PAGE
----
The monster came from the depths of the Atlantic Ocean. The oceans were getting hotter. They were creating these monsters. As it traveled across the Atlantic, the monster gained strength. It was called #HurricaneIrma. Before it reached the Caribbean Sea, it was the strongest hurricane in the history of the Atlantic. If there had been a Category 6, it would have been that. But there wasn’t. Wind gusts over 200 miles per hour. Sustained winds at 185.
I couldn’t bear to look away from the weather maps. It was like watching a train wreck. Maybe like watching the end of a dream. That monster was on a path that seemed to collide with my magical island off the coast of Florida. Unless a miracle happened, it would definitely collide with the state of Florida. If it didn’t weaken, I couldn’t bear to think of what would happen to the big cities. To the people in the big cities. I hoped they all had left, but I knew they hadn’t.
Then, there was my island. This winter was to be the first winter I would spend on my island. I lived at sea level. Not a half mile from the coast. Wind and storm surge were the enemies of my home on the island. Could it survive this storm? Winds of 200 mph unless it slowed down? The answer was no. It could not. It was only a small place. Not that secure. Not that steady. Not hurricane-proof. But enough for me to spend the winter. I knew I would probably not have that chance.
I’d been going to the island for eight years. I’d made friends. People I care about. What about them and their homes? I couldn’t bear to think of it. Of them. As I watched the monster draw closer, it became about them. Some had lived on the island all of their lives. Others for many years. I was a newcomer. Some were going to ride it out on the island. Some were leaving. The thought of those staying on the island scared me to death.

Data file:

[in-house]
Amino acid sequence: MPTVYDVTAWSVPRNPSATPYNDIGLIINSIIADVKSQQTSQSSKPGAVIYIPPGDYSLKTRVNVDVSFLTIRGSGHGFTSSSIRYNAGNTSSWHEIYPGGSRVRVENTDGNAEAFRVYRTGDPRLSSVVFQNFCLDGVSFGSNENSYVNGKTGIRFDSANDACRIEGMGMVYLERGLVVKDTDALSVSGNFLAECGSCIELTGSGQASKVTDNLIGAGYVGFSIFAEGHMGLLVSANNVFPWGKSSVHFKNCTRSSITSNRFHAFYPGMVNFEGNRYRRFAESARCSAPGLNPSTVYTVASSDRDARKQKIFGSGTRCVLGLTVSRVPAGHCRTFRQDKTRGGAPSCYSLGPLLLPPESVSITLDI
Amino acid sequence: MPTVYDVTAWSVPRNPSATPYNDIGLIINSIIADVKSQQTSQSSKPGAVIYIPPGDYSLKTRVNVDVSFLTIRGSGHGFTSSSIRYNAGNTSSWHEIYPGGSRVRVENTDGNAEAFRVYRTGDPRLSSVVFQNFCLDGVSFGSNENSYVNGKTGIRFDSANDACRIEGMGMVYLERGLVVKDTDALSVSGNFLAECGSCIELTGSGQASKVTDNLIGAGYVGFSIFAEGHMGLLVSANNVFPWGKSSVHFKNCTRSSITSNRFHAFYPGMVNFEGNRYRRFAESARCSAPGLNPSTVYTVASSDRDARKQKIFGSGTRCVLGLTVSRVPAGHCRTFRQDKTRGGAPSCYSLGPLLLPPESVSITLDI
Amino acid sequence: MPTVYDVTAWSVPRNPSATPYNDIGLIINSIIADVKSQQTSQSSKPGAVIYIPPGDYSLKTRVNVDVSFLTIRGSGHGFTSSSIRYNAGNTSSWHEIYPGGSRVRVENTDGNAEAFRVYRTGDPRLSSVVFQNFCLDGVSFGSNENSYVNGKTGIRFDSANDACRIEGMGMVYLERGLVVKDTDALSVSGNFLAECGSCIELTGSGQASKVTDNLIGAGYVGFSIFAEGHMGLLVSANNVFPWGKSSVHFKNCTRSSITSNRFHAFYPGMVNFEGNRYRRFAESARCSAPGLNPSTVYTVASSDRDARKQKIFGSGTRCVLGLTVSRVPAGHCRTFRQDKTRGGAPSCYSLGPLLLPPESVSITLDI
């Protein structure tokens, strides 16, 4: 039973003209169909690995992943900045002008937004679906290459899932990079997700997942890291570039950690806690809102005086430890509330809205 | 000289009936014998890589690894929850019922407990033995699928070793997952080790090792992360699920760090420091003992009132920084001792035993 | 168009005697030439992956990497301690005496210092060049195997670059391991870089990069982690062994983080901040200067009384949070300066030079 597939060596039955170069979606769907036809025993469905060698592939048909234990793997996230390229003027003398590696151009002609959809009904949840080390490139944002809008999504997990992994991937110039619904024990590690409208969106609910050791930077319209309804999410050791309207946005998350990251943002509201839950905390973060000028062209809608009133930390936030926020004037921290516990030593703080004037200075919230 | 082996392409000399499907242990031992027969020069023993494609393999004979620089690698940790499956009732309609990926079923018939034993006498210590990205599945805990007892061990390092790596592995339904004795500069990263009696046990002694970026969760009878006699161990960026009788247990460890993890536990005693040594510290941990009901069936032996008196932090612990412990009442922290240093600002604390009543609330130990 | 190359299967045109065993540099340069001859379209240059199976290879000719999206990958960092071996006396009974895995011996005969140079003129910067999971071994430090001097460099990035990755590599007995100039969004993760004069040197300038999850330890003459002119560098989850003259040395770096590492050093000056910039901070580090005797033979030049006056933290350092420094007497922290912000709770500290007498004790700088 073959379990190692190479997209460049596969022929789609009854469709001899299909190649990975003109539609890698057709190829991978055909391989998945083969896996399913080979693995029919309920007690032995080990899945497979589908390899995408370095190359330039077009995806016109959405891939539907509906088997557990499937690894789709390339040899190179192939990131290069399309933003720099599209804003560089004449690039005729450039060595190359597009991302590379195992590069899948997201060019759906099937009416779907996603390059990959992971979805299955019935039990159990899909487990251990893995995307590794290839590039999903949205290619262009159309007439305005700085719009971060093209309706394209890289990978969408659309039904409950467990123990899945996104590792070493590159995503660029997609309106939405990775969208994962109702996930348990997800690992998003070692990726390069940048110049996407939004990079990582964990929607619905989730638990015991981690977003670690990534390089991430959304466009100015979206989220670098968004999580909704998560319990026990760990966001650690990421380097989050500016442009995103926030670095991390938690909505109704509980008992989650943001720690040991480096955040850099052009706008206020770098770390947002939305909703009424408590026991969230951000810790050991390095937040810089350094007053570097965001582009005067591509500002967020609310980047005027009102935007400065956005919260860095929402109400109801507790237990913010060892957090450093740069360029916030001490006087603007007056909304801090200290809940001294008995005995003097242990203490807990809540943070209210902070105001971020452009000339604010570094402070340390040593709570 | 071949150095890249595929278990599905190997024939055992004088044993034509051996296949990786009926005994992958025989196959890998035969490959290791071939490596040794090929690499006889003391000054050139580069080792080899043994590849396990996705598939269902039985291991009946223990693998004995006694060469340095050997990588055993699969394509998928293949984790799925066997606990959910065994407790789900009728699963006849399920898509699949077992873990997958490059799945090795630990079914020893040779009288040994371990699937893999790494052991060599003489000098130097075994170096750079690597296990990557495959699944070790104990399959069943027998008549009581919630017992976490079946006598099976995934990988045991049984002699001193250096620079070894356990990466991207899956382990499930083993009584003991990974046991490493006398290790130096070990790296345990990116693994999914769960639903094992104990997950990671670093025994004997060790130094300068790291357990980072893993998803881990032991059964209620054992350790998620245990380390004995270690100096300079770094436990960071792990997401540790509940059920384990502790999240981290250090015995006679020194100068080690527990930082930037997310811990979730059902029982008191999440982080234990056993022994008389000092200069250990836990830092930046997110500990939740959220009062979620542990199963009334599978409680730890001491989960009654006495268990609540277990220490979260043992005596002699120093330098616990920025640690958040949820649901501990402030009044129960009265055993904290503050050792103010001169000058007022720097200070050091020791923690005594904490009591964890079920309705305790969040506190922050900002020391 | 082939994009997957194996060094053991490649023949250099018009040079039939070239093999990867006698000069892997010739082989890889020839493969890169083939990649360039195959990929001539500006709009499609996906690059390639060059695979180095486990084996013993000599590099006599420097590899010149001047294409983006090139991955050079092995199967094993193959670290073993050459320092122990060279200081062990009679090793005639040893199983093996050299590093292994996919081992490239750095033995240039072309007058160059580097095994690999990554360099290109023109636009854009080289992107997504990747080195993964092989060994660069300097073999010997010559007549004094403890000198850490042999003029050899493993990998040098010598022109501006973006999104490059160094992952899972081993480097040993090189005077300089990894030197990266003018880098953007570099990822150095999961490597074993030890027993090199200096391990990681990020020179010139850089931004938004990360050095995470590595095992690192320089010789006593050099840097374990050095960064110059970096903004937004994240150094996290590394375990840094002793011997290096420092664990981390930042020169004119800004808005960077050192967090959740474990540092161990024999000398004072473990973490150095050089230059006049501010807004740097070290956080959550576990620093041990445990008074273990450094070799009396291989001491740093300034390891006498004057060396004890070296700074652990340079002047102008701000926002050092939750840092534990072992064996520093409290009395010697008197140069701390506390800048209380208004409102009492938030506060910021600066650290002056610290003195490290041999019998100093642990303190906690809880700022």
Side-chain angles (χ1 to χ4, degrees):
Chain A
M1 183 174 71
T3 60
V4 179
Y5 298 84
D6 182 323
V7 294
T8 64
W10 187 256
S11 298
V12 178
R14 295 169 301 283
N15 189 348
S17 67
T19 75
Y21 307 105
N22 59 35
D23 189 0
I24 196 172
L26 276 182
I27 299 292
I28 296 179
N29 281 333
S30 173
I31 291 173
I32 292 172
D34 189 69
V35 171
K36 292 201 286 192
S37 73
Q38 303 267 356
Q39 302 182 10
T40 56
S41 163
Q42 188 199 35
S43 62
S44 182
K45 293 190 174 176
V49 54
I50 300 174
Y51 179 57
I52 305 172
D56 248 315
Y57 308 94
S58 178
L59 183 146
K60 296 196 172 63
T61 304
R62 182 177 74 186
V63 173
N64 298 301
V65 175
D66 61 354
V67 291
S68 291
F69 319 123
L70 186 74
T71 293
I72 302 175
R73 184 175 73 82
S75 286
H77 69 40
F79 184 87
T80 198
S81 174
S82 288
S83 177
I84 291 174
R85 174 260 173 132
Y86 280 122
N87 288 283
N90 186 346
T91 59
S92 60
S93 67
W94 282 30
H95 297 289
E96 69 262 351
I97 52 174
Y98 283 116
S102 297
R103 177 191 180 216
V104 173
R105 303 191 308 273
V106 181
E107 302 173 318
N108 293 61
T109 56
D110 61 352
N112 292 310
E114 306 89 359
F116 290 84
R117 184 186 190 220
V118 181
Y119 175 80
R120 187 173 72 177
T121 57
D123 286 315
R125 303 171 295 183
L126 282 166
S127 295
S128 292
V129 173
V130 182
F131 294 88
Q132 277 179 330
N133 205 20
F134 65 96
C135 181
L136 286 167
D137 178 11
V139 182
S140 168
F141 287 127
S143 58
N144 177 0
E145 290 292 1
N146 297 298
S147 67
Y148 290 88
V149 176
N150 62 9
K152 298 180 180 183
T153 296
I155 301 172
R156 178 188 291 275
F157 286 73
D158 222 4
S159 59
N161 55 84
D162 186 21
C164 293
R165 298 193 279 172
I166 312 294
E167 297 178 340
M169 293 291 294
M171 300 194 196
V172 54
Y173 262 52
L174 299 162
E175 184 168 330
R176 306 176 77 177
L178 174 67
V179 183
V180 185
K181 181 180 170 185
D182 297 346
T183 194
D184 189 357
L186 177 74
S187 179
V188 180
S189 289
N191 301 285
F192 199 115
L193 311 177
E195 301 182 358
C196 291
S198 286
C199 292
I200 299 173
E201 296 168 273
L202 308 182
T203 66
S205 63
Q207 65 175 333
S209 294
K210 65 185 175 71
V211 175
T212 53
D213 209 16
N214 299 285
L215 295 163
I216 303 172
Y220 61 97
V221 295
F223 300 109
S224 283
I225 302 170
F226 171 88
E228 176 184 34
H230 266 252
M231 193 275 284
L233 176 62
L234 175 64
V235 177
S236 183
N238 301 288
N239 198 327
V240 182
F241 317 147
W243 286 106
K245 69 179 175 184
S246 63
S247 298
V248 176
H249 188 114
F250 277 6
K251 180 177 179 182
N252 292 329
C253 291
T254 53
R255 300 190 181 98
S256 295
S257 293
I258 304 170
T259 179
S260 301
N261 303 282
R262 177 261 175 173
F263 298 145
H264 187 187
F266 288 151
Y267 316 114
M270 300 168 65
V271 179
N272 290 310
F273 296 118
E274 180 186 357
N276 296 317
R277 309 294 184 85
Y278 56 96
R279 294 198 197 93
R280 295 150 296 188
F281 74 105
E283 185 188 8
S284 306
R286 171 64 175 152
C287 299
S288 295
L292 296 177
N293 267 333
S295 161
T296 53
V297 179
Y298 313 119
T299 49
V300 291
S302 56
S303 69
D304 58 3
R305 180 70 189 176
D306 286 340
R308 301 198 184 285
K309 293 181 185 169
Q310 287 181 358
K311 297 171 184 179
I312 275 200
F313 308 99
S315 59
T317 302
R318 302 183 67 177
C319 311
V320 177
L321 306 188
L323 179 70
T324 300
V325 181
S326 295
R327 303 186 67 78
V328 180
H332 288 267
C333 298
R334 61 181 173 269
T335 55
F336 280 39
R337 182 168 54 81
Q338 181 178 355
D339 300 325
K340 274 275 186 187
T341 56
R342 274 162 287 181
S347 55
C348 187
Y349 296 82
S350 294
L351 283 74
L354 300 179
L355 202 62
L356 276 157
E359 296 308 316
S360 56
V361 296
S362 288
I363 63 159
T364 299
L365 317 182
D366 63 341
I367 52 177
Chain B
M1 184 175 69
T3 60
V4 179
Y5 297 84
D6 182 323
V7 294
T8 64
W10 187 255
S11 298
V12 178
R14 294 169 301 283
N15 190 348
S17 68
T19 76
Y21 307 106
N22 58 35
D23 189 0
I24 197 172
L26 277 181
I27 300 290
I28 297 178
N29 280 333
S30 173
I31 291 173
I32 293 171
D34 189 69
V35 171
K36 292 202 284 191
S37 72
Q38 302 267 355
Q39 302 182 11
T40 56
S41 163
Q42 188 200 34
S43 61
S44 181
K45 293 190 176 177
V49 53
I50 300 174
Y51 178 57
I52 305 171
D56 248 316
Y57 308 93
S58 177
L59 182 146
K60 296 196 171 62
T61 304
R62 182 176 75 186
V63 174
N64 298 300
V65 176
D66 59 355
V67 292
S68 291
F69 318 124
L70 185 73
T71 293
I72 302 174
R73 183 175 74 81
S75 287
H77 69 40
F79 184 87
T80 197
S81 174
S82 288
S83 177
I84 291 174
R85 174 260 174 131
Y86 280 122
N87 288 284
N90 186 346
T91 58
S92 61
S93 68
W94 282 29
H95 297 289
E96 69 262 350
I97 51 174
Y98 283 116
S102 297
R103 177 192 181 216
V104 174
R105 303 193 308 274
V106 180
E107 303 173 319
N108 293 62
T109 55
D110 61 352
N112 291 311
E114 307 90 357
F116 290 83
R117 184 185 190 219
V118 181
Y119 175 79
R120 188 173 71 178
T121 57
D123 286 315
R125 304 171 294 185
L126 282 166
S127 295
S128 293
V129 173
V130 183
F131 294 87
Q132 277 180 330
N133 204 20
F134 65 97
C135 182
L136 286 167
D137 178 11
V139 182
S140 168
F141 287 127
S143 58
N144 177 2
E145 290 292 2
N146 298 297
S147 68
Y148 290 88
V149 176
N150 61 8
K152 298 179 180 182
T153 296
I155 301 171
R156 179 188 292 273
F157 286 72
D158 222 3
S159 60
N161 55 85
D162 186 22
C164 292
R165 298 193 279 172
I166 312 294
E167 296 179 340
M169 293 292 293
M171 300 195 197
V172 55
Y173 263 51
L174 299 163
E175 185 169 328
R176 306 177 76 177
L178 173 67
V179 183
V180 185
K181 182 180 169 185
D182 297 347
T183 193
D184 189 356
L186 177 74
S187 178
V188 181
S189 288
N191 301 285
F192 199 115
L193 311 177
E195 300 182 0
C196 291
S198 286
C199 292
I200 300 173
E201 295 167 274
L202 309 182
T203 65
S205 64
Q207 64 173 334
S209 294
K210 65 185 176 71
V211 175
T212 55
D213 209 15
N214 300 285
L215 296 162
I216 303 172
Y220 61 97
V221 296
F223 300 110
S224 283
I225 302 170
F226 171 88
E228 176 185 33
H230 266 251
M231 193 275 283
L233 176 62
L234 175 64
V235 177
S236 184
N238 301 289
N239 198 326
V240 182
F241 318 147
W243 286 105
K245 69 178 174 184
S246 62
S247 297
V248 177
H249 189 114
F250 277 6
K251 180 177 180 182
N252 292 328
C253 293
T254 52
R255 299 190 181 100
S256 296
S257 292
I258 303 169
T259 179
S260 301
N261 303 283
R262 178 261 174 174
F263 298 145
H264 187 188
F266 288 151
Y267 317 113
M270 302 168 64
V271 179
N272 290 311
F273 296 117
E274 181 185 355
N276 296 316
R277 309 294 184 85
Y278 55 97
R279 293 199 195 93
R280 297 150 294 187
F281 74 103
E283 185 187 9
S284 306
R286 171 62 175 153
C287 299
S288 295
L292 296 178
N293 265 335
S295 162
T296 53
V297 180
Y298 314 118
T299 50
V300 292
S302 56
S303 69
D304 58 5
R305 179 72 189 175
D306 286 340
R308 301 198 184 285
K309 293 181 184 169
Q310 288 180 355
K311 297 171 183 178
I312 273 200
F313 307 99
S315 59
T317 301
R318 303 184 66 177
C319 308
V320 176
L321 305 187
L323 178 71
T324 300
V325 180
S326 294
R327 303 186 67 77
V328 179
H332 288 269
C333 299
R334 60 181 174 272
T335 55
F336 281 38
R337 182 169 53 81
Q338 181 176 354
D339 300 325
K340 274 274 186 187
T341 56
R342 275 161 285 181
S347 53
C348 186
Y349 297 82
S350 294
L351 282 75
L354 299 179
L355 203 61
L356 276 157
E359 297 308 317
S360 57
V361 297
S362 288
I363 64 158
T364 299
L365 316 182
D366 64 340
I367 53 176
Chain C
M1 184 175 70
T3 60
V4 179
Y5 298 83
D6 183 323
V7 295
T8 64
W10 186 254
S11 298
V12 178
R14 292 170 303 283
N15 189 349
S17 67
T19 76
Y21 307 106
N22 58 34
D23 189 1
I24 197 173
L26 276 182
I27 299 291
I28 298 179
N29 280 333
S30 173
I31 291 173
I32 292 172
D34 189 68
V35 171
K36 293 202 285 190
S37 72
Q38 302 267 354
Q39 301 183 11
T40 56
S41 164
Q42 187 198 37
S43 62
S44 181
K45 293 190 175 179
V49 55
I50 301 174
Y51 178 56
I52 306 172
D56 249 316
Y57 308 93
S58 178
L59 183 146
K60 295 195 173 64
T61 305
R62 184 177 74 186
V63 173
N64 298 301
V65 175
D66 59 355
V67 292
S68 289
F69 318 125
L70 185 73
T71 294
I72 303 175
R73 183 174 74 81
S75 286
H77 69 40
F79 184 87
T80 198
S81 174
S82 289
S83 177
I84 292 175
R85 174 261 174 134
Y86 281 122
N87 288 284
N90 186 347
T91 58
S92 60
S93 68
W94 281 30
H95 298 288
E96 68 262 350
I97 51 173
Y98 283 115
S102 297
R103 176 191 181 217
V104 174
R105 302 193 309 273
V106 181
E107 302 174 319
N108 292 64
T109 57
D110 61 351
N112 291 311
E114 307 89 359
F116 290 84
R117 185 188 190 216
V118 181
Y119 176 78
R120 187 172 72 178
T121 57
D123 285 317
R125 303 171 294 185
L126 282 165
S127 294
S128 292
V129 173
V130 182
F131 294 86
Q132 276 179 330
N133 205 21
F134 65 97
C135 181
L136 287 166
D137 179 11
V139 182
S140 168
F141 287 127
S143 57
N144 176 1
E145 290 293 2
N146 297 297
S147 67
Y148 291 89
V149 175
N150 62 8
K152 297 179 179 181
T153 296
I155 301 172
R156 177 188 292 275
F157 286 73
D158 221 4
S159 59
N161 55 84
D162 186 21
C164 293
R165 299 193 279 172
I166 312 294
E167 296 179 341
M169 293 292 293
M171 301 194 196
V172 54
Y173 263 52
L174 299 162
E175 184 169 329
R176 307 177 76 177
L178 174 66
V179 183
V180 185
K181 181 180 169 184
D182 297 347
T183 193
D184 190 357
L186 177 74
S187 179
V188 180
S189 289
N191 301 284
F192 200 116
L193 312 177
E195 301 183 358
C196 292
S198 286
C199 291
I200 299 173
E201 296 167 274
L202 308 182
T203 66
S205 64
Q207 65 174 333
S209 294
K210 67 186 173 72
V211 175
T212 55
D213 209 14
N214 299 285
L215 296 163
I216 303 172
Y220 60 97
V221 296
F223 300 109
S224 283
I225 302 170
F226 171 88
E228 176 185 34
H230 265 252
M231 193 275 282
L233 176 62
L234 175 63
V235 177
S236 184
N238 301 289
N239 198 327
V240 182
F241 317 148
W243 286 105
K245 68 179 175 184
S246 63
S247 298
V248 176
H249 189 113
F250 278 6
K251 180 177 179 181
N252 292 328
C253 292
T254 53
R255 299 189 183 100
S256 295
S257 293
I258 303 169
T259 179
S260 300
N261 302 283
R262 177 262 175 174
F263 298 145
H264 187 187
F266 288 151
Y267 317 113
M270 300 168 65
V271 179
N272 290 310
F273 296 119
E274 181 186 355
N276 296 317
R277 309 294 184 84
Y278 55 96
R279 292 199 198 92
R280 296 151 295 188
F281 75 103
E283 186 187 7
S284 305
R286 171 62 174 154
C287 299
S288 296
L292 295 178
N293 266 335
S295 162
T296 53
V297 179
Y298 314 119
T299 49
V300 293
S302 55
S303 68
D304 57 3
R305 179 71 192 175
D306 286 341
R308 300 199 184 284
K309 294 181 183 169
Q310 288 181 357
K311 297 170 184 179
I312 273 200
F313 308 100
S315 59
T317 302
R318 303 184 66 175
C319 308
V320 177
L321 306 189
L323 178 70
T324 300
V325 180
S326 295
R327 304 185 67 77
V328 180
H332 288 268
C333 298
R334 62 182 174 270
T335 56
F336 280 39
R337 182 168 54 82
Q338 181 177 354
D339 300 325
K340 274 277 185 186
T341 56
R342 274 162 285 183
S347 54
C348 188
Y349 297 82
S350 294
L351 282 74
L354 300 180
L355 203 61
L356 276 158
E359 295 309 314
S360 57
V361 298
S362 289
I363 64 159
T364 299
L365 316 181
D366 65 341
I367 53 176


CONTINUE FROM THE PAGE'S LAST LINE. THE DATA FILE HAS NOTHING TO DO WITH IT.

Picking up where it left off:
It’s 4:30 a.m. I can’t sleep tonight. My island, my friends, my new home are all in danger. I may never get to spend a winter there. What will it be like after this storm? What will Florida be like?
Stay tuned. I’m blogging #HurricaneIrma.
Even though it’s still hot where I live in Kentucky, there are signs everywhere of fall coming. The summer flowers are finished and even some of the fall flowers are looking faded. I live in the forest and a few leaves are starting to fall and they are already colorful. Fall coming at my home in Kentucky means that I’m starting to look forward to going to my home in Florida, on my magical island, for the winter.
I’ve been very busy during this summer in Kentucky. I’ve done a lot of writing and research and very little else. Writing and researching at least twelve hours a day keeps me busy. By the time that twelve hours is over, any writer reading this knows you are ready to drop and fall into your bed. I take breaks. I take my new puppy outdoors and we play. She’s in training so we work on her training exercises. I also take breaks to talk to my friends who have kept me company and great company they are. The summer has passed very fast for me.
Even though I’m still writing and researching and will be until right before we leave here for the winter, I find my mind drifting to my island and my little home there. Even though I love my home in Kentucky, I also love my island. I will be ready to leave here two months from now. The winter months are so wonderful there. The island is still very much “old Florida.” I think part of the reason for that is because it does not have much sandy beach. Any little bits of beach you find, however, are nice, smooth sand and not particularly grainy .
Even though there are a lot of snowbirds on my island, and I am one of them, that certainly doesn’t ruin it for me. Yes, the traffic is bad. Yes, there are waiting lines in the restaurants. But, some of the same snowbirds come back every year and have become my friends. Some of the locals have become my friends and I value all of their friendships.
I miss the ocean! I miss the pier. I miss the wonderful seafood. There is so much about that magical island that I miss. Mostly I miss the way that I feel there. My soul feels like it has found its home.
Three Things Thursday is just a fun little exercise about things we have been grateful for during the past week. Here goes!
Going to the pier in Bokeelia, Florida for the last time until fall! I love the ocean and this pier is awesome. I’m grateful to have the opportunity to go to this pier, visit with the wonderful people there, see the fish and birds, and photograph the sunrises and sunsets.
Learning about the tropical birds of South Florida. I won’t see these guys again until fall. This is an egret sitting on the banks of the lake behind our place.
Getting back home to Kentucky after being gone for awhile to our island in the sun in Florida. This is a bur oak tree that used to be in our back yard.